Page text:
NEOUCOM and Kent State licensed the pathogen detection technology to Pathogen Systems Inc. (PSI) of Boulder, Colo., for further development. PSI will establish its manufacturing, sales and marketing operations in northeast Ohio within the next eighteen months.
“This is a prime example of technology-based economic development that benefits Northeast Ohio. It has been a successful partnership between researchers and a technology company and now includes the state through this Third Frontier vote of confidence,” said Greg Wilson, Associate Vice President for Economic Development and Strategic Partnerships and Principal Investigator, KSU. “We are pleased to have PSI as a key tenant in our Centennial Research Park and business accelerator. PSI possesses innovative technology and is poised for great things scientifically and commercially. Kent State looks forward to the acceleration of their success!”
“This award represents an important economic investment by the State of Ohio in the more than seven-year relationship between PSI and the two academic institutions,” said Dr. Horton. “This investment enables us to bring a university-based technology out of the laboratory to the market place, where it will address important public health concerns and build jobs in Ohio.”
“We are pleased to be part of the NEOUCOM led proposal. I’m thrilled that Kent State’s share of this grant will be dedicated to PSI’s facilities in our Centennial Research Park. This successful partnership is an effective example of two institutions working together on research that addresses an important need, and will bring home funding and produce economic development to benefit our region. I look forward to a bright future for this exceptional joint effort,” said Dr. John L. West, Vice President of Research and Dean of Graduate Studies.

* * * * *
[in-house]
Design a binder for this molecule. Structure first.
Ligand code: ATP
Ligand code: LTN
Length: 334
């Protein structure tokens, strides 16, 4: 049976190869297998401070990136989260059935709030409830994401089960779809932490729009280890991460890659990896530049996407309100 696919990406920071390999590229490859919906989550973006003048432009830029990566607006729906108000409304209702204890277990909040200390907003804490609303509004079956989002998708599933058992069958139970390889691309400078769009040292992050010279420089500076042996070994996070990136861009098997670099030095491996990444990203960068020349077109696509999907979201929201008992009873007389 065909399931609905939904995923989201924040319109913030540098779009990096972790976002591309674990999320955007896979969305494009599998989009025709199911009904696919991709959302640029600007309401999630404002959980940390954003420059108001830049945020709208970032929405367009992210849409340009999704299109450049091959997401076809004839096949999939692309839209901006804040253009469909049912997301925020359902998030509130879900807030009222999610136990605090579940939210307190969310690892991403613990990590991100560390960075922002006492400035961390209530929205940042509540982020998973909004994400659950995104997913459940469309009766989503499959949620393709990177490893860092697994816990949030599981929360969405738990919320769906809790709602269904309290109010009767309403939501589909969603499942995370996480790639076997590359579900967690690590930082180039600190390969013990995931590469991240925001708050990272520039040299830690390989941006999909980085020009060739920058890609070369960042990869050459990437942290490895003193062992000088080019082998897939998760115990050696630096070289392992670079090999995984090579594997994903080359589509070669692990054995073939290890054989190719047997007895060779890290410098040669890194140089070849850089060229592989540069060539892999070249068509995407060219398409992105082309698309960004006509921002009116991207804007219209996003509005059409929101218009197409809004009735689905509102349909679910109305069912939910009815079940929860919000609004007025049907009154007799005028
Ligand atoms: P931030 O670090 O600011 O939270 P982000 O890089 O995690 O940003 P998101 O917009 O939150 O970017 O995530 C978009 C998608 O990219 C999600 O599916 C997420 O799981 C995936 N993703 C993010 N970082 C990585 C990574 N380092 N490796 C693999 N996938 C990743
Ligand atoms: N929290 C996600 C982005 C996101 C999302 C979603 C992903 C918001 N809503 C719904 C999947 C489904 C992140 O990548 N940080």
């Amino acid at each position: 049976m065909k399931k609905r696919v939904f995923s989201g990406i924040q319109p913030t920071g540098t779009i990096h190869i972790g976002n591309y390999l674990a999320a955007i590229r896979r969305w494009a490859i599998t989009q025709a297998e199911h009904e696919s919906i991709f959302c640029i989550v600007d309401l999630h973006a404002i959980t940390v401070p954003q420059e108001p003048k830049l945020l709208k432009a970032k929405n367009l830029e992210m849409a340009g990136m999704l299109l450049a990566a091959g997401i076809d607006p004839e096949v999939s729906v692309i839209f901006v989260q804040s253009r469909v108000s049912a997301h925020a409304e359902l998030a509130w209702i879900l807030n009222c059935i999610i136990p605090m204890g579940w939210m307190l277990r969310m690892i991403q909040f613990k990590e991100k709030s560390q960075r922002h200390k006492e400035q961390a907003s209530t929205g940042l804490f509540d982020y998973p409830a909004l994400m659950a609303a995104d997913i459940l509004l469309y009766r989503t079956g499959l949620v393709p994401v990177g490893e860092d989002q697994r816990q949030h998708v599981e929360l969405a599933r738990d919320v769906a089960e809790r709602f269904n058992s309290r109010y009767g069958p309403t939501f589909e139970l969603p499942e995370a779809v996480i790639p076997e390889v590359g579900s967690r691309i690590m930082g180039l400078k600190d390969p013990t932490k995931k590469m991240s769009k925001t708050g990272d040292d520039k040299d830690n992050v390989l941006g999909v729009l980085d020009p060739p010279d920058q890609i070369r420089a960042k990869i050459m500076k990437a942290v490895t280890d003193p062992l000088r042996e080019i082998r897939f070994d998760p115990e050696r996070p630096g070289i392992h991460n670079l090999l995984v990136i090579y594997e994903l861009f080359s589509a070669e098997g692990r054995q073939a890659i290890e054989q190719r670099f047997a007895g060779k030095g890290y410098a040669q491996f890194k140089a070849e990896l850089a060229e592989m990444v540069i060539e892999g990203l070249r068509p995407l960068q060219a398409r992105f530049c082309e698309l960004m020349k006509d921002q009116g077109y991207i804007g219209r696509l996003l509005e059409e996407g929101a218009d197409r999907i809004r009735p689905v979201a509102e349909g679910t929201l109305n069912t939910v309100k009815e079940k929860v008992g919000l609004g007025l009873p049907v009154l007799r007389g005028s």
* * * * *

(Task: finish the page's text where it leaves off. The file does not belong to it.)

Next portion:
“There is a critical need for a faster and more accurate device for pathogen detection. Our Wright Project grant will facilitate and accelerate the transition of this path breaking technology from the laboratory to an array of commercial products that will enhance the health, safety and economic vitality of Ohio and beyond,” says Lois Margaret Nora, M.D., J.D., NEOUCOM president and dean for the College of Medicine.
The Northeastern Ohio Universities Colleges of Medicine and Pharmacy are community-based, public institutions focused on the interprofessional training of health professionals, offering both a doctor of medicine (M.D.) and a doctor of pharmacy (Pharm.D.) degree. The colleges’ educational consortium includes the Rootstown, Ohio, campus, teaching hospitals, community pharmacies, two boards of health and four northeast Ohio public universities. Through these and other collaborative arrangements, the colleges participate in the Consortium of Eastern Ohio Master of Public Health program and offers graduate-level coursework and research opportunities leading to master’s and doctoral degrees in biomedical sciences and biomedical engineering.